In Tokyo, “location, location, location” means the three As

Neighborhoods of Azabu, Aoyama and Akasaka see big jumps in land prices as younger buyers favor luxe high rises

TRD WEEKEND EDITION /
Feb.February 17, 2018 10:00 AM

Motoazabu Hills building in the Azabu and Park Court Akasaka Hinokicho The Tower in Tokyo

Luxury high-rises in Tokyo usually don’t demand the same sky-high prices than their counterparts in London, Hong Kong and New York. That’s because Japanese buyers, drivers of the local market, eschew luxuries like flashy interiors, a pool in the building or even multiple bathrooms in a unit.

But the importance of location is universal in real estate around the globe. And in Tokyo, the best location has long been and remains the areas close to the emperor’s Imperial Palace.

 

Homes in the capital’s most exclusive neighborhoods – Azabu, Aoyama and Akaska, known as the three As – command the highest prices in the city, according to the Wall Street Journal.

The city’s Minato ward, where the three neighborhoods are located, saw the average price of land jump 11.5 percent last year to the equivalent of $1,420 per square foot, according to the country’s land ministry. That was the biggest increase in all of Tokyo’s 23 municipalities.

Akaska, where prices are the highest, saw land valued at $3,100 per square foot, up more than 50 percent from five years earlier.

Penthouses in the three As and the neighboring district of Roppongi can go for as much as $27 million, and among the clients looking to snap up such homes are the presidents of Japanese companies, lawyers, doctors and executives who work for foreign securities companies.

Properties worth $10 million or more are usually sold quietly to a select group of buyers known among real estate agents because those owners prefer to remain anonymous.

“In the Japanese culture, even if you are wealthy, having too much—it is a bit of a negative status symbol,” said Adam German, head of marketing and vice president at the real estate agency Housing Japan.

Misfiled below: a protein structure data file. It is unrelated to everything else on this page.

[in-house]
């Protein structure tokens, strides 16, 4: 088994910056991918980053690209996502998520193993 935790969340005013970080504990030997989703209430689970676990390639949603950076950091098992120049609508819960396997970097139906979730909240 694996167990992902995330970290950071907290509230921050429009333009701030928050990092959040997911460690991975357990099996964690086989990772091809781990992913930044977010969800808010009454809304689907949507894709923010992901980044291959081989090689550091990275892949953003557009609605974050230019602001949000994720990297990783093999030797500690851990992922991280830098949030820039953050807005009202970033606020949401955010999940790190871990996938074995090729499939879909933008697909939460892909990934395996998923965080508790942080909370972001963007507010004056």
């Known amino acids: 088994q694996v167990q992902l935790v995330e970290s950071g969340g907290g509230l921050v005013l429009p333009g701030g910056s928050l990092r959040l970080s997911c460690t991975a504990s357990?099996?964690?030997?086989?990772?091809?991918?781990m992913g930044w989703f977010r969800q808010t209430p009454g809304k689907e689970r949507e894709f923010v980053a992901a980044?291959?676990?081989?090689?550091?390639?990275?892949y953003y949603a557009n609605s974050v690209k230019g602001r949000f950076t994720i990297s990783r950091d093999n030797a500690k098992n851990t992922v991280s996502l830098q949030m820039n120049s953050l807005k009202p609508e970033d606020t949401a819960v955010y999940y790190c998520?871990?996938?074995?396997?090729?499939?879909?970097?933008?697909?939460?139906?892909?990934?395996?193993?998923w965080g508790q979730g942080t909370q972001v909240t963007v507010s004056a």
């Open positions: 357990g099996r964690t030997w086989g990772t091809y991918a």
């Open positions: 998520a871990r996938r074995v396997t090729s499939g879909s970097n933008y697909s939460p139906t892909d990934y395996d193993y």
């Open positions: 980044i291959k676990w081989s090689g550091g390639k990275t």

But things are changing, and younger generations are looking more like foreign buyers in terms of taste. Local experts say that the declining Yuan and the 2020 Summer Olympics could also attract more foreign buyers. [WSJ] – Rich Bockmann


Related Articles

arrow_forward_ios
Compass SoCal boss Nick Segal steps down

Compass SoCal boss Nick Segal steps down

Democratic State Sen. James Skoufis (Credit: NY Senate)

Real estate agents facing subpoenas after failing to appear at hearing

From left: 1 West End Avenue, 161 West 13th Street and 66 Ninth Avenue (Credit: StreetEasy and Wikipedia)

Porter House penthouse among NYC’s 5 priciest homes to hit the market last week

15 East 90th Street (Credit: Google Maps)

Lonely townhouse finds a match after years on market

From left: renderings of 1 Propect Park West, 85 Jay Street and 98 Front Street in Brooklyn (Credit: StreetEasy)

The priciest Brooklyn condo filings of 2019

60 East 93rd Street and Carlton Hobbs (Credit: Google Maps and Getty Images)

Why a $68M townhouse listing was abruptly pulled off the market

Zillow President Jeremy Wacksman

Zillow launches its high-stakes home-flipping business in LA

From left: the Ritz-Carlton, 32 East 1st Street, 560 West 24th Street, 301 East 80th Street and 32 West 85th Street

Five priciest homes new to market include 1897 townhouse

arrow_forward_ios
Loading...